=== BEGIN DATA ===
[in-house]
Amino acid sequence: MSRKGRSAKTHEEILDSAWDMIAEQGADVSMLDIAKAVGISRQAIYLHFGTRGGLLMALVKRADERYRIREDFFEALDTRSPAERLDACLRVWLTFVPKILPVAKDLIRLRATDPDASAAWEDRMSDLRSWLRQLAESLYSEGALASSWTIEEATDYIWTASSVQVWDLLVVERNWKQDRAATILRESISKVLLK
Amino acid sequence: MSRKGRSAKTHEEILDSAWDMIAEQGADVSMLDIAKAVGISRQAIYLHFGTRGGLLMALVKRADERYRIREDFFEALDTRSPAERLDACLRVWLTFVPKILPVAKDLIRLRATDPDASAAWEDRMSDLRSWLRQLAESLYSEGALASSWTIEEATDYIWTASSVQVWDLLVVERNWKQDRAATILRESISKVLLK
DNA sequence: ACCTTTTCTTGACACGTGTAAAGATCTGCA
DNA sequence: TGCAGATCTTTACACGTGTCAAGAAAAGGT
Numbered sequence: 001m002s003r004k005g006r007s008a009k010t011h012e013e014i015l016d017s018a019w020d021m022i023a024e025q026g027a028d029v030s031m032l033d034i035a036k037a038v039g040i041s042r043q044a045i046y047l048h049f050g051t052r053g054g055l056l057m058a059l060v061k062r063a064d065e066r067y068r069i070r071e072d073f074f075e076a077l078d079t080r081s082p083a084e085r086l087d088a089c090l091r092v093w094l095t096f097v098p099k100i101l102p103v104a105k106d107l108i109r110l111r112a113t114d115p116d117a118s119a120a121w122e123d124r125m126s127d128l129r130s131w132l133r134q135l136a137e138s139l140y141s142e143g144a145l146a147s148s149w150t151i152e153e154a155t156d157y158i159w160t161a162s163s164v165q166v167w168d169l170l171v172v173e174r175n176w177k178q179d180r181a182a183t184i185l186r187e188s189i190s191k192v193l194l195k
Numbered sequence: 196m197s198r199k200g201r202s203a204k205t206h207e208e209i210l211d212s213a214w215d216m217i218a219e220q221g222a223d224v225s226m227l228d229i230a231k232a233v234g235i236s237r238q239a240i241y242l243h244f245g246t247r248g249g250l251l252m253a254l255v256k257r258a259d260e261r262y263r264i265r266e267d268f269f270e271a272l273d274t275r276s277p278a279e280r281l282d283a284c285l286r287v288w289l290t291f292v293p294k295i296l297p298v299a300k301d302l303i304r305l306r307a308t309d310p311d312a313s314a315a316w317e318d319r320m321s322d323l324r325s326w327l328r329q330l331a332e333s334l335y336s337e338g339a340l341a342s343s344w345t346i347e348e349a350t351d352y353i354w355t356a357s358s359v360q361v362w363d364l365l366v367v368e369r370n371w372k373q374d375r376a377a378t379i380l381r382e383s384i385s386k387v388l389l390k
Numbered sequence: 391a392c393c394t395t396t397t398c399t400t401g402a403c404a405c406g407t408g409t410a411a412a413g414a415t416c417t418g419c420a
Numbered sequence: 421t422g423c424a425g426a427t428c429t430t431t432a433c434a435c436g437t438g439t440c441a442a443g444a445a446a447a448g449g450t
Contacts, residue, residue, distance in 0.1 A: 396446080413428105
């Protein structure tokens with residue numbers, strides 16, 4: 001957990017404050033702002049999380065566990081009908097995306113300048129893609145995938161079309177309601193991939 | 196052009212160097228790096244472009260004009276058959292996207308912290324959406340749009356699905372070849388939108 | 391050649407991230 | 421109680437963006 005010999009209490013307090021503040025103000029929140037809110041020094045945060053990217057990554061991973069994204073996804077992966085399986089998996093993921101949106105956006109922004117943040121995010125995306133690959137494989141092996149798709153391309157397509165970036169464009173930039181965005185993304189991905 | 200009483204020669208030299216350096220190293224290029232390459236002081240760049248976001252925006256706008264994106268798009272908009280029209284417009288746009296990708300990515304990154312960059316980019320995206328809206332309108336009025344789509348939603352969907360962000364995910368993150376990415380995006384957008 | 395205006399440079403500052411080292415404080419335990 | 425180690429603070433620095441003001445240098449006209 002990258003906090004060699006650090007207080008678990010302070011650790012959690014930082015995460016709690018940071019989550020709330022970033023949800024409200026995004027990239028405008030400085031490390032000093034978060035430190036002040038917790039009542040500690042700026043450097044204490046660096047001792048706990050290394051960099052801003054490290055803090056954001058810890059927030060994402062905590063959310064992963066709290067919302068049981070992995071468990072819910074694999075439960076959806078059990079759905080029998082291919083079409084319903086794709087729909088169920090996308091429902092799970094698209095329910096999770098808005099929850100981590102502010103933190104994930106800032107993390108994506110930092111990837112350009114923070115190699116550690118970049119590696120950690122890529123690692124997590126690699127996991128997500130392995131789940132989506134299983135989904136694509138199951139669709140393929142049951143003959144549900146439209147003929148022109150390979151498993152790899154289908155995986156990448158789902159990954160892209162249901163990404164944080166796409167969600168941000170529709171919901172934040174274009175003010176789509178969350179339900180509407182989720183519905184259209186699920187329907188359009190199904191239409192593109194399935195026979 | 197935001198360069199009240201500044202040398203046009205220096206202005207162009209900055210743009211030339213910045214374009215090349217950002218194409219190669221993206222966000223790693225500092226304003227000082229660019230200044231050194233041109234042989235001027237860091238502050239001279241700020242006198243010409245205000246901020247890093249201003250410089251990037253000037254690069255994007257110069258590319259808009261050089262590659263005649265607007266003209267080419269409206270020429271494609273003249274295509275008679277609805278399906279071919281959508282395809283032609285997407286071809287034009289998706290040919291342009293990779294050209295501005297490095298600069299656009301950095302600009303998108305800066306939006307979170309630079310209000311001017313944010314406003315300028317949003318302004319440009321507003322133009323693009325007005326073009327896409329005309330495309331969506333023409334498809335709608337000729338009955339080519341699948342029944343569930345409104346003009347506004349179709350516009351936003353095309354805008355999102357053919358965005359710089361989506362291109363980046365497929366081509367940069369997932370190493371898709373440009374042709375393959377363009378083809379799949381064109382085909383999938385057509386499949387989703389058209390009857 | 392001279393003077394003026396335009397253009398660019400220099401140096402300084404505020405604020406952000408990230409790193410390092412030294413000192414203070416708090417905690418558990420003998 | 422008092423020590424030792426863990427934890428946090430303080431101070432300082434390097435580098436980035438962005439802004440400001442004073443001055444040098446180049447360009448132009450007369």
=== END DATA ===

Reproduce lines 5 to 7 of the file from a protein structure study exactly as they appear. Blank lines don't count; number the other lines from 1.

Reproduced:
DNA sequence: TGCAGATCTTTACACGTGTCAAGAAAAGGT
Numbered sequence: 001m002s003r004k005g006r007s008a009k010t011h012e013e014i015l016d017s018a019w020d021m022i023a024e025q026g027a028d029v030s031m032l033d034i035a036k037a038v039g040i041s042r043q044a045i046y047l048h049f050g051t052r053g054g055l056l057m058a059l060v061k062r063a064d065e066r067y068r069i070r071e072d073f074f075e076a077l078d079t080r081s082p083a084e085r086l087d088a089c090l091r092v093w094l095t096f097v098p099k100i101l102p103v104a105k106d107l108i109r110l111r112a113t114d115p116d117a118s119a120a121w122e123d124r125m126s127d128l129r130s131w132l133r134q135l136a137e138s139l140y141s142e143g144a145l146a147s148s149w150t151i152e153e154a155t156d157y158i159w160t161a162s163s164v165q166v167w168d169l170l171v172v173e174r175n176w177k178q179d180r181a182a183t184i185l186r187e188s189i190s191k192v193l194l195k
Numbered sequence: 196m197s198r199k200g201r202s203a204k205t206h207e208e209i210l211d212s213a214w215d216m217i218a219e220q221g222a223d224v225s226m227l228d229i230a231k232a233v234g235i236s237r238q239a240i241y242l243h244f245g246t247r248g249g250l251l252m253a254l255v256k257r258a259d260e261r262y263r264i265r266e267d268f269f270e271a272l273d274t275r276s277p278a279e280r281l282d283a284c285l286r287v288w289l290t291f292v293p294k295i296l297p298v299a300k301d302l303i304r305l306r307a308t309d310p311d312a313s314a315a316w317e318d319r320m321s322d323l324r325s326w327l328r329q330l331a332e333s334l335y336s337e338g339a340l341a342s343s344w345t346i347e348e349a350t351d352y353i354w355t356a357s358s359v360q361v362w363d364l365l366v367v368e369r370n371w372k373q374d375r376a377a378t379i380l381r382e383s384i385s386k387v388l389l390k